Monday, July 5, 2010

As American as ... um ... peach pie!

When our friend Jason asked us to contribute a dish for his July 4th barbecue, I volunteered to make pie. It seemed like a good idea at the time! Never mind that pastry-making skills seem to skip a generation in my family, but unfortunately, they skipped over both my mother and I (and landed on my sister).

I have neither the skills nor the apparently inborn finesse required to mix pie dough in the right consistency, roll it out without it sticking, and (most difficult) pick it up in one piece and put it in a pie dish. My pie crusts tend to be a patchwork affair, more doughy than flaky, aptly called "Frankenstein's Pie Crust."

This is unfortunate, as I love nothing better than a fresh fruit pie with a buttery, flaky crust. Thus, I have been sadly dependent on the pastry-making skills of others.

But, if I have learned one thing from my toddler, it's try, try, and try again. When you fall down, dust yourself off (or not), and try again. When you fall off the back steps and smack your head, cry on your mama's shoulder for a minute, then head right back for another go. Practice makes perfect, and a few lumps and bruises are simply par for the course. If Joe could talk, I believe he would opine: "All skills are learned!"

So. Pie!!

Here I am, peeling "Crimson Lady" peaches (from the farmer's market, of course), with Joe keeping me company. I forgot to make sure not to get "cling peaches" at the market, so of course these Crimson Ladies were completely stuck to the pits. So my peach slices were more like "chunks": uneven and thick. But who cares what the fruit inside the pie looks like? Prepping the filling was the easy part!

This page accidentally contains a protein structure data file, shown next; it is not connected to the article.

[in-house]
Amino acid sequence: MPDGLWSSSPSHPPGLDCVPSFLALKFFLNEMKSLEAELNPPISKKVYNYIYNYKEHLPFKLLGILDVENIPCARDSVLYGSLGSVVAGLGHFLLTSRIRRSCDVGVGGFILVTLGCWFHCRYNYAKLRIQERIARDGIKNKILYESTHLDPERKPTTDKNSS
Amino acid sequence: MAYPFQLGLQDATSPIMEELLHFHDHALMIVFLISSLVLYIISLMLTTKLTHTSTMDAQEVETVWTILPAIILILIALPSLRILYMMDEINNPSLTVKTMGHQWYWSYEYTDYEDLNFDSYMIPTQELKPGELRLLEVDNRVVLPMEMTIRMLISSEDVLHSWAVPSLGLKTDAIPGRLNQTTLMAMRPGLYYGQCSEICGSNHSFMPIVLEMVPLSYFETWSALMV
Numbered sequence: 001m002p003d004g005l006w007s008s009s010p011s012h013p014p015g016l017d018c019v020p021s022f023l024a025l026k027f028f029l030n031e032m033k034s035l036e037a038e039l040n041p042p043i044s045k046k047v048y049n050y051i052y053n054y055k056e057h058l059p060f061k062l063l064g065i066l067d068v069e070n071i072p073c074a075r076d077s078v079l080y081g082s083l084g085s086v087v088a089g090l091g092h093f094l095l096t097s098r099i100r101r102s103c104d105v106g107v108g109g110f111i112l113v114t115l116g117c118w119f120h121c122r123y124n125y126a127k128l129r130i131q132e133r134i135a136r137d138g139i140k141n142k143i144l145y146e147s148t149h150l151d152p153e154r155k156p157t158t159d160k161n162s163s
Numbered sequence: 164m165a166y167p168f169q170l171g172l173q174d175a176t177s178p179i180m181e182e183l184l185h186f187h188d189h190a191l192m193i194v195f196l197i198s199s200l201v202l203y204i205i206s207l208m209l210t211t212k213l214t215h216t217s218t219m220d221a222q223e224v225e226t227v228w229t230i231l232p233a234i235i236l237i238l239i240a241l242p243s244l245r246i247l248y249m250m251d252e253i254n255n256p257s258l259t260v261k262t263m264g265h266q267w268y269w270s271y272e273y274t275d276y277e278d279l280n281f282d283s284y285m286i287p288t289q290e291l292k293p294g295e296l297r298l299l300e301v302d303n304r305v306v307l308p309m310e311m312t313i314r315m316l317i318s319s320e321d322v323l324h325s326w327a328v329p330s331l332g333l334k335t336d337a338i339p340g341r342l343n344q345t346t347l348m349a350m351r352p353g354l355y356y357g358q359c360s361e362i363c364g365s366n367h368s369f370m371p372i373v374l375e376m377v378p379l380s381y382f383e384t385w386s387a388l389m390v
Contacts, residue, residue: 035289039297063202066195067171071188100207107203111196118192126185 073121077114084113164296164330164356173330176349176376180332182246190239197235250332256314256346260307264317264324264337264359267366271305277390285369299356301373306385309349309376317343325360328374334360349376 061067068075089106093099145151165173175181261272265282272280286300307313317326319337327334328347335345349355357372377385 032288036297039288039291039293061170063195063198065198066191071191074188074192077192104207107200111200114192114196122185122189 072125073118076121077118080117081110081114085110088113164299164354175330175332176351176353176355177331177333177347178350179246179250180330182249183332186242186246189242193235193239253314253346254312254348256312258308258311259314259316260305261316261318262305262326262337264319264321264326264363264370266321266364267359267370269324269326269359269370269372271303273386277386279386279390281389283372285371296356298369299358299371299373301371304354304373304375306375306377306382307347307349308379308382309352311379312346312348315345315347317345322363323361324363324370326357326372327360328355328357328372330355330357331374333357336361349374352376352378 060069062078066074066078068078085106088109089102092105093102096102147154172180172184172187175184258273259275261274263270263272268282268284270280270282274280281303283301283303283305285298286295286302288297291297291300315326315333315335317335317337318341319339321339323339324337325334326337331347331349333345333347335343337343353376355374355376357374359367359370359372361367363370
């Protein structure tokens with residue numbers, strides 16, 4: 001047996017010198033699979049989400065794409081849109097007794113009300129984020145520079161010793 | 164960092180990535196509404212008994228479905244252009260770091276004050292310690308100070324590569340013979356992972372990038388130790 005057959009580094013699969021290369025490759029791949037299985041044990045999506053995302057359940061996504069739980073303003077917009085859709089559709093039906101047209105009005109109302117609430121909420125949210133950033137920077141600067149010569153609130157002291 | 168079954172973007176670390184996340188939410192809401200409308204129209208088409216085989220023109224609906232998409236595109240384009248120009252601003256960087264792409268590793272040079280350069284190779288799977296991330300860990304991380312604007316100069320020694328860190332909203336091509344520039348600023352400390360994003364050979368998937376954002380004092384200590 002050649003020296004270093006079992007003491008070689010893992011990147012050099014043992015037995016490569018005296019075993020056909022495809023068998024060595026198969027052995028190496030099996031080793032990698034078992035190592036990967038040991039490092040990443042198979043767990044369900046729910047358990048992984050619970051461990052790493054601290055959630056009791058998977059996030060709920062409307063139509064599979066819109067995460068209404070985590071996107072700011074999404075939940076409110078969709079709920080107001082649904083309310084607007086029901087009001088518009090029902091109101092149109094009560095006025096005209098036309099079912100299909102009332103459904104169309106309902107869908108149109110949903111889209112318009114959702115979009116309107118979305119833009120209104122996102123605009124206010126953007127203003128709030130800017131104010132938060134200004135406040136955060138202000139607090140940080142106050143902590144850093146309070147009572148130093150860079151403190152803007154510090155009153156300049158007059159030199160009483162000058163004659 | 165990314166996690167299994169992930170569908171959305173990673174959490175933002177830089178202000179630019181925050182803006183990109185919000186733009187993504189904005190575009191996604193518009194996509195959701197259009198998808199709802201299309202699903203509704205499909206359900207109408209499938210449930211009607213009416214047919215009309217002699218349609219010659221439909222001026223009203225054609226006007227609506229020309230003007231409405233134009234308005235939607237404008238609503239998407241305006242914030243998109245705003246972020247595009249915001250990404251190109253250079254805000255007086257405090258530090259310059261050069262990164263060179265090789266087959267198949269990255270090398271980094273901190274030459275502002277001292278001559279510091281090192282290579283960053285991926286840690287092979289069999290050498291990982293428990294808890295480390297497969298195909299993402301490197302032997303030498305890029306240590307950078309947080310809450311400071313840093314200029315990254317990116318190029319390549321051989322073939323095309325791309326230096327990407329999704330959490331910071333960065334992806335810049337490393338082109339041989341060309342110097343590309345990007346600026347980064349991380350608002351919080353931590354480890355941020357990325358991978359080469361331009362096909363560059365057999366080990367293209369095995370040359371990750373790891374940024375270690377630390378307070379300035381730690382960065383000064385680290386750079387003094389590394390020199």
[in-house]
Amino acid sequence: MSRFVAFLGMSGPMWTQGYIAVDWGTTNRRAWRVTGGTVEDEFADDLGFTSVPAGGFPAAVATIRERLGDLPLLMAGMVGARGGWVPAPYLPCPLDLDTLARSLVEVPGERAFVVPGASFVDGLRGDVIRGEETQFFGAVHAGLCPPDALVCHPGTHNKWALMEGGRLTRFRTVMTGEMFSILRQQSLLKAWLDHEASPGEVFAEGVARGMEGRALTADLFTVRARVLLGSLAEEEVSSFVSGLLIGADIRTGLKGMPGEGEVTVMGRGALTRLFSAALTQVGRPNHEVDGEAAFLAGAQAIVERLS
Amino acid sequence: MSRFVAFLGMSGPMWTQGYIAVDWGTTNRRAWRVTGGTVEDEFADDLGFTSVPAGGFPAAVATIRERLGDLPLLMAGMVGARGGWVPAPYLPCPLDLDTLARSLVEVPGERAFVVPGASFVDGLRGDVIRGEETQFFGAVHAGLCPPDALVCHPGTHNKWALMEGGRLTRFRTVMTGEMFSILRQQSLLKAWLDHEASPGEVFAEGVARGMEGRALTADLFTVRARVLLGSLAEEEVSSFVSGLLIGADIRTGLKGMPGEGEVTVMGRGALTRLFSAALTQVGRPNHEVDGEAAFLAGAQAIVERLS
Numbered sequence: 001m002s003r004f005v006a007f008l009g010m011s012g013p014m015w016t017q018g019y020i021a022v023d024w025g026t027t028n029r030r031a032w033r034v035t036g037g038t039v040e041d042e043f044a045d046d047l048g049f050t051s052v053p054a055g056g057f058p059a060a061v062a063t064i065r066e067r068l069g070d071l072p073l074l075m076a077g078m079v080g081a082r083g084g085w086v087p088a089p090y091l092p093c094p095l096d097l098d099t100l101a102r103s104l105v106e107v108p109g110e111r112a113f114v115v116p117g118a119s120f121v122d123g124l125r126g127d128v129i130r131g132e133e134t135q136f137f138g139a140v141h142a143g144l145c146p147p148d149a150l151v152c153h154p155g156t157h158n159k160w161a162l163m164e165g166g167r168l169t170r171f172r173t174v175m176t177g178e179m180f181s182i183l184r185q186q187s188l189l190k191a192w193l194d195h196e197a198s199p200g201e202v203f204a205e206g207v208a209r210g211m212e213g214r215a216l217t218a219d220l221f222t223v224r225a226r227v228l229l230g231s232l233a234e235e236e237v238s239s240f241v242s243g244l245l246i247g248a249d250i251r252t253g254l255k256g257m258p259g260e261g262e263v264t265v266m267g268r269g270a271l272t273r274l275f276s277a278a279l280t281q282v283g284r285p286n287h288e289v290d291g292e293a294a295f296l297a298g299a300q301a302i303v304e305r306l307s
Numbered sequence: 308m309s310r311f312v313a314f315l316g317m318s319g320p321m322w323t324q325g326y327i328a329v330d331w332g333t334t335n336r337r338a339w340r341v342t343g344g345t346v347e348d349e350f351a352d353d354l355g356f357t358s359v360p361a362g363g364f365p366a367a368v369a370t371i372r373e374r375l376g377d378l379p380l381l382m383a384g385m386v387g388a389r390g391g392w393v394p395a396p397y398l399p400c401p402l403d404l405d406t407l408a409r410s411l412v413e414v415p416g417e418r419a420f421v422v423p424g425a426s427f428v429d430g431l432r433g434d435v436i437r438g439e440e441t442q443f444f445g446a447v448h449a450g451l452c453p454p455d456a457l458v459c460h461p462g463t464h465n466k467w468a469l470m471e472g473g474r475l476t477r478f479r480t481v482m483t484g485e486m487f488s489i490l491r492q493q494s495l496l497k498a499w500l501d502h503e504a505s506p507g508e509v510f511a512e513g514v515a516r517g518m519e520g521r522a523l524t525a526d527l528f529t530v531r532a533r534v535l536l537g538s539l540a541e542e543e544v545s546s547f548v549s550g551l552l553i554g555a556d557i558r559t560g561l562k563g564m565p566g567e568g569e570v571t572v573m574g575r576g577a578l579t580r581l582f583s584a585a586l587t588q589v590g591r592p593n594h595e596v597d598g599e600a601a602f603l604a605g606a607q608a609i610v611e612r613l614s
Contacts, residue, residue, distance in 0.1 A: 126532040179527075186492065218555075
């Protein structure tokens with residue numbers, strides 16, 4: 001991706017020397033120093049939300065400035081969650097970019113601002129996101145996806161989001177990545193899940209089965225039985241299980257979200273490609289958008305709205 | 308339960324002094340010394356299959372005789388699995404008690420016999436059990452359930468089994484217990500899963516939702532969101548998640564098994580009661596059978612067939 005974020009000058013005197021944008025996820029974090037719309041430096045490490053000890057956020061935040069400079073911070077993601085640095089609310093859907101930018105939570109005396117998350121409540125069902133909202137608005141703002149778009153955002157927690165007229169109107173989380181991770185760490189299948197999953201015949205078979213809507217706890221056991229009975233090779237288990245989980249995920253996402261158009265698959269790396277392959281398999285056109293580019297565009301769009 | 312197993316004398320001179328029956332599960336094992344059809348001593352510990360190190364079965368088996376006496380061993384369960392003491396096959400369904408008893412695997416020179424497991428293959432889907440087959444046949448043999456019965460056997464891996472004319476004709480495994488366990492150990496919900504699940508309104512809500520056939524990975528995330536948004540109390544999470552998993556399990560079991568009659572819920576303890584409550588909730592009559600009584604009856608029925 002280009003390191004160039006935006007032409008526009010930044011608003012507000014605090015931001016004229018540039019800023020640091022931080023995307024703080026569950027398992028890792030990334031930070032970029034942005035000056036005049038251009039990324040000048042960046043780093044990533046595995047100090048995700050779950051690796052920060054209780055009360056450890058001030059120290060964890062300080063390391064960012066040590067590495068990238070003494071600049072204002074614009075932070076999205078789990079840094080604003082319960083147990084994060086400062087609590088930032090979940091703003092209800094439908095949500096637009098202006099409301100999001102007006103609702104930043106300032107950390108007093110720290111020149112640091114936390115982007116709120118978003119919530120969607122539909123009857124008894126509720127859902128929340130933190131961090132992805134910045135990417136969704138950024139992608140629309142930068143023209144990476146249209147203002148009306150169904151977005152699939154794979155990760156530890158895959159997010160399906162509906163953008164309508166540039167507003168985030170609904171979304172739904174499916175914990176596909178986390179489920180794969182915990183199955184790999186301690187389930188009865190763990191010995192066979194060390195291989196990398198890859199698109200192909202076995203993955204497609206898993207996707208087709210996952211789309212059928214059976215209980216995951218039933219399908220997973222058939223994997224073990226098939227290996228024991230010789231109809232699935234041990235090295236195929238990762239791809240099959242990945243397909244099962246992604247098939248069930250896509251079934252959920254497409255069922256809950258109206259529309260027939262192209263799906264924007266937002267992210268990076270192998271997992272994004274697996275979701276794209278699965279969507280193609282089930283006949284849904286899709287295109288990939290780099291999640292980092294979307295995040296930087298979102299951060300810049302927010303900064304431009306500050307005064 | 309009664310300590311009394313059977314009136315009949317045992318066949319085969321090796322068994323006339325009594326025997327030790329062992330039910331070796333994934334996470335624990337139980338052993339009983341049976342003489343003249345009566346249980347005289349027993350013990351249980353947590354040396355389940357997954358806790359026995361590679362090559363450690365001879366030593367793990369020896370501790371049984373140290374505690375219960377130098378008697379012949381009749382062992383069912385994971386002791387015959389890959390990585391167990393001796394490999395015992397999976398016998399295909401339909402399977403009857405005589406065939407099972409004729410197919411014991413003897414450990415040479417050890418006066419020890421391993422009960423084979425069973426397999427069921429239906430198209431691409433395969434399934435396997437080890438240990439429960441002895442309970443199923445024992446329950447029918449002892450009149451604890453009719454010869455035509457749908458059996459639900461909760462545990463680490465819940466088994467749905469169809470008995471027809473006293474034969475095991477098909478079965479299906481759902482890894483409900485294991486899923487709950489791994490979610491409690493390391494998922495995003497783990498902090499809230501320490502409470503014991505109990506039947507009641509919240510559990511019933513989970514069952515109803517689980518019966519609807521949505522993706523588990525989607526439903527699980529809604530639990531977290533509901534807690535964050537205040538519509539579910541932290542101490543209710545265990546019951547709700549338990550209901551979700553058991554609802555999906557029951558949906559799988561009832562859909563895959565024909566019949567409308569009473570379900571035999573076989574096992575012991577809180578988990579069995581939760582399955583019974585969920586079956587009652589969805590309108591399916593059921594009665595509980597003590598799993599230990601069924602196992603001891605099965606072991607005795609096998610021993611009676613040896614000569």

For the crust, I used the "Foolproof Pie Dough" from the America's Test Kitchen. I chose this recipe more for moral support than anything. The title seemed reassuring (although note that it was not called "Inderproof Pie Dough"). At this point in my training, most pie dough recipes seem equally hard to me.

Rebecca swooped in with sound advice, pep talks, crust-protecters, and star-shaped dough cutters. I only cried once, which is a record for me. (And then I went right back for another go. Joe would be proud.)

It turned out ... pretty good, really! A decent beginner effort, I think.

I prefer the term "rustic" to "hot mess," thank you!

(Also, it tasted really, really good. The crust was a bit thick, but flaky! I think there are more pies in my future!)

We had a very nice time at Jason's barbecue. Joe enjoyed climbing up the tall, rickety, scary Victorian stairs at the base of the porch, and then climbing back down, over, and over, and over again.

 Our friend Maeve tried watermelon. She's not so sure about it.

 Joe's hat, on the other hand ...

After Omie's recent escapade, I have been rethinking our idea of getting chickens. Obviously, I get a bit too emotionally attached to my animals! Would I be able to hack it if a chicken got eaten by local wildlife? But, here's Joe, trying to convince me that getting chickens is a good idea after all ...

Big day. Time for a nap.


  1. Your pie looks beautiful! I'm so proud of you. Also, the nap photo is gorgeous. LOVE.

  2. Your pie was DELICIOUS. And I know from pie. Stop being so dang modest.


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